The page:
Andrew Hoyle: Daddy Cool
Our oldest boy will be going into Primary Four, his little brother Primary Two and their sister embarking on her first term at nursery. Good God, where do the years go?
Admittedly, I am wearing my rose-tinted spectacles as I write this, but I have rather enjoyed my days out with the little rascals, and haven't missed the usual morning squabble-fest involved in getting everyone washed, dressed, breakfasted and off to school.
One of the highlights of the hols came unexpectedly last Sunday with a trip on a bus. But this was no ordinary bus: the vehicle in question was The Red Bus, an original 1962 Routemaster from London, the only one of its kind in Edinburgh, which usually transports guests to birthday parties or weddings, but has been turned into Fringe Venue 333 hosting puppet shows, singing and storytelling. And this was no ordinary trip: it was the Edinburgh Festivals Cavalcade through Holyrood Park.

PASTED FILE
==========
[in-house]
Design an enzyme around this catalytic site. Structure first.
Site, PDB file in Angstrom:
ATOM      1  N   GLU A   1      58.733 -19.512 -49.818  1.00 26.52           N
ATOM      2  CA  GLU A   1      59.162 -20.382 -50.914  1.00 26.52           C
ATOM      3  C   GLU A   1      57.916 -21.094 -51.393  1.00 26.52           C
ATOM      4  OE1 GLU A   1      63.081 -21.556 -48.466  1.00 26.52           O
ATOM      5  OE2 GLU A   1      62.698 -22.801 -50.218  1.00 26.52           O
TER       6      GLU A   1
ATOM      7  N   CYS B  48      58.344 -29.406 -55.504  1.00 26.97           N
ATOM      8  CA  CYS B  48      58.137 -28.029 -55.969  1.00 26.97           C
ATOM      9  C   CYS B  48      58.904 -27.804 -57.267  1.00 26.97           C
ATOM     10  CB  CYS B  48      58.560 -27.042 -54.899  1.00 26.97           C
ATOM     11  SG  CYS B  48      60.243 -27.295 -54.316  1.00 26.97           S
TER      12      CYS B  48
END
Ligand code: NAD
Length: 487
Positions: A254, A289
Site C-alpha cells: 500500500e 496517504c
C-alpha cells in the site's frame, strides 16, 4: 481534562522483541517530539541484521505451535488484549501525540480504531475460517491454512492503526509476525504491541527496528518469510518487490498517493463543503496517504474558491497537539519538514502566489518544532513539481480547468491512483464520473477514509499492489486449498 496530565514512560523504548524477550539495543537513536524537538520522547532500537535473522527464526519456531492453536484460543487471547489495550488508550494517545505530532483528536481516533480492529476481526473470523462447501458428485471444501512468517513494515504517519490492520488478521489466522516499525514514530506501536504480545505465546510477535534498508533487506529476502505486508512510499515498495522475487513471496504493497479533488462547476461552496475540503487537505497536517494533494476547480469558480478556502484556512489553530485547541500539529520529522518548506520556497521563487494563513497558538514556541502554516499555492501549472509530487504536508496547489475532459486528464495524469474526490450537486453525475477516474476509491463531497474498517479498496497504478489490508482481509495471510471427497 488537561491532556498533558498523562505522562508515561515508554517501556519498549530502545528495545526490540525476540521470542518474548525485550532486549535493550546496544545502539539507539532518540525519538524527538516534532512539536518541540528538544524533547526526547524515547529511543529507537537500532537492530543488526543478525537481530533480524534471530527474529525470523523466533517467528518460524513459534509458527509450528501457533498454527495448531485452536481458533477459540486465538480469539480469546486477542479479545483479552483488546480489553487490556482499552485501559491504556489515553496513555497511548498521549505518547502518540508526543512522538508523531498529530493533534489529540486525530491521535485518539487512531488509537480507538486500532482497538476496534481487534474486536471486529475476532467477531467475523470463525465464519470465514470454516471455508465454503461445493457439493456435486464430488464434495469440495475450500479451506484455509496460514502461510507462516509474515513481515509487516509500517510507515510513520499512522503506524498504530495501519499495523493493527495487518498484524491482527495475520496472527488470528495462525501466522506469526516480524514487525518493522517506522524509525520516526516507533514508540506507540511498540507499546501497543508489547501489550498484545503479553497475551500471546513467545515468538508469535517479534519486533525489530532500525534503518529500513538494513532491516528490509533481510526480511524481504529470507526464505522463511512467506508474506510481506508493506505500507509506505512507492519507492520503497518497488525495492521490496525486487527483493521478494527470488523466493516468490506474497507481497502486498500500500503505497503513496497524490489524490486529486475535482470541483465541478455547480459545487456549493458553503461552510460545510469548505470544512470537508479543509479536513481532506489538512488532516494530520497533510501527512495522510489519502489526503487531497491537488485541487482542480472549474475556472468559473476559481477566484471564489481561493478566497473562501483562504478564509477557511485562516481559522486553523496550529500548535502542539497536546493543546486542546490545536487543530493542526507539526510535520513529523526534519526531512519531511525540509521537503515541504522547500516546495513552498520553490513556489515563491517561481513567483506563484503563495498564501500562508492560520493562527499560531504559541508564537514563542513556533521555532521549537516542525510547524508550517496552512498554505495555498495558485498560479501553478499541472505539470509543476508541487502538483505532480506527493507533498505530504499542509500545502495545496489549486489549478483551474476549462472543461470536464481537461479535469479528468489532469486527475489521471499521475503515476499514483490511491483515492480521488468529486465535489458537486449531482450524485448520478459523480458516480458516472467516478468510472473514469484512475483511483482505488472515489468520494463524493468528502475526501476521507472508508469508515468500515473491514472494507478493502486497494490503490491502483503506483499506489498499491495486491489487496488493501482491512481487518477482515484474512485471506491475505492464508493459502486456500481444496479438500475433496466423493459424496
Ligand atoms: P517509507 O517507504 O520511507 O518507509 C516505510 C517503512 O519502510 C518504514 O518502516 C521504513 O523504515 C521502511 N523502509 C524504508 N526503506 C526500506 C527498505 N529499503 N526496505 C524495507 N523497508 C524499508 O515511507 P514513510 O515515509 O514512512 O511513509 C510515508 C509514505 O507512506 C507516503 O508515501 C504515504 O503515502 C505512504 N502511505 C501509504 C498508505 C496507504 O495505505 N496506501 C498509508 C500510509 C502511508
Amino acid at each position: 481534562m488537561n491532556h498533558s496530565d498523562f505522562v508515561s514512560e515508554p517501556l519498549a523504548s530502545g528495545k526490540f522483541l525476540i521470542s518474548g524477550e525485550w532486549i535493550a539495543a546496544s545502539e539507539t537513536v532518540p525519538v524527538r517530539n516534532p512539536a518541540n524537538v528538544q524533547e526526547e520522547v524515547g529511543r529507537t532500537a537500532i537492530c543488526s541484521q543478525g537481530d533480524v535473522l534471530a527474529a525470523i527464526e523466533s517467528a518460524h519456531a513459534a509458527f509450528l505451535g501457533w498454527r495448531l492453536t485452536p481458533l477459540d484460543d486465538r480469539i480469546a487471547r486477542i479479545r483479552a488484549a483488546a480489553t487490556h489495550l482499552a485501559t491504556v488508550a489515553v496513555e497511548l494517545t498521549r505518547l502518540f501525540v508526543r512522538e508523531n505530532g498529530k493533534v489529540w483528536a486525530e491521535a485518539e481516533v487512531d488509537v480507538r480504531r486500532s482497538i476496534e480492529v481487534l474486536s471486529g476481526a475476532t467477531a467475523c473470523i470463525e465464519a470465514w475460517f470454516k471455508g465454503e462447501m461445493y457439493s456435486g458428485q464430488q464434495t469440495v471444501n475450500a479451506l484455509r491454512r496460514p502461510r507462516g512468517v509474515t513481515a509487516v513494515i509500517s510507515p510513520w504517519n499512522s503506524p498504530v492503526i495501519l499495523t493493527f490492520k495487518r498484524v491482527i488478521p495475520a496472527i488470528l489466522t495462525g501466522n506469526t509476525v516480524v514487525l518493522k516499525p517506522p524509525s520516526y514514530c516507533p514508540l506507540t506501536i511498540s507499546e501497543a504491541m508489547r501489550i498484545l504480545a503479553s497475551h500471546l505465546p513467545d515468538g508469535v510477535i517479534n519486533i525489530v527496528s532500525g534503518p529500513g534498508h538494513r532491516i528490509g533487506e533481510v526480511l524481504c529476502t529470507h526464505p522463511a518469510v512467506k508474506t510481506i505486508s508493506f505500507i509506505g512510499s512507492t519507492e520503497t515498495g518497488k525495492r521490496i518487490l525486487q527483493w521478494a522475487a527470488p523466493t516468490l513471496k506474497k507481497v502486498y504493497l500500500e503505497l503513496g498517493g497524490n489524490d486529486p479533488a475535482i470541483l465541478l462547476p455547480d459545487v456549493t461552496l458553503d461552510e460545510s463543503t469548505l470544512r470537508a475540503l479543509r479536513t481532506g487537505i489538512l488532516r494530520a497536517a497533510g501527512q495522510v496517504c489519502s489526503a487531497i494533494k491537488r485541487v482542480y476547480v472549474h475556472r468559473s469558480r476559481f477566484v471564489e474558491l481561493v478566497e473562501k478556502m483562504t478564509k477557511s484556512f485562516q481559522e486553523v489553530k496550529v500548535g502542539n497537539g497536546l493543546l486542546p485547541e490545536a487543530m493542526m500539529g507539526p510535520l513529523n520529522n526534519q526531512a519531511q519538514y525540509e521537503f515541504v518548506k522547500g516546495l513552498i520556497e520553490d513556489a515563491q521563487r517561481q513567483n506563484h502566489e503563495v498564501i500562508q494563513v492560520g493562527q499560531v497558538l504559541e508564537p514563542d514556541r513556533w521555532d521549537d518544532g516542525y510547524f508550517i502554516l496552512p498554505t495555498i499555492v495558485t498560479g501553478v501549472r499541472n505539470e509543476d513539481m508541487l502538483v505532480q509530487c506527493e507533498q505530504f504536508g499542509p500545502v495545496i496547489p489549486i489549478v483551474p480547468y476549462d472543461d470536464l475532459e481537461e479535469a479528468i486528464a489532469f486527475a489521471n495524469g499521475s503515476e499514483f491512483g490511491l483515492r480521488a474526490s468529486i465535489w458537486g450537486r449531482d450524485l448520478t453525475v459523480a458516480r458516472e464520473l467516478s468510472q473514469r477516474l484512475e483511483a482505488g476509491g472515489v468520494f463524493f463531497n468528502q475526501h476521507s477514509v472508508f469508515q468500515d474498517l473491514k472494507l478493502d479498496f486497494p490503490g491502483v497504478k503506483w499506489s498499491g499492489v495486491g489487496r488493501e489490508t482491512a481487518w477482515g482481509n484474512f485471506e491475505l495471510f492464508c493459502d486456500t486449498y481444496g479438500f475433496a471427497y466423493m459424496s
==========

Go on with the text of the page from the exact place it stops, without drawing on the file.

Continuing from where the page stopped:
With Mummy Cool committed to working that day, Granny Cool was called into action as a much-needed extra pair of hands, and five of us arrived uncharacteristically with time to spare. We boarded the bus and hung streamers out the windows.
The children took turns at sitting in the driver's cab and tooting the horn, and our eldest son donned a real conductor's hat. The bus then edged into the parade. By this point the children were practically levitating with excitement - and so was I.
Having lived in Edinburgh for the best part of 40 years, I thought I'd pretty much seen everything the city had to offer, but this was something else.
Tens of thousands of smiling people waving and cheering at the bus and its passengers, happy children waving back, endless renditions of The Wheels On The Bus, chocolate biscuits to keep energy levels up - and the sun shining. Can it get any better?
Here's hoping the wheels on The Red Bus keeping going round and round for many years to come.
This article was first published in Scotland on Sunday, August 15, 2010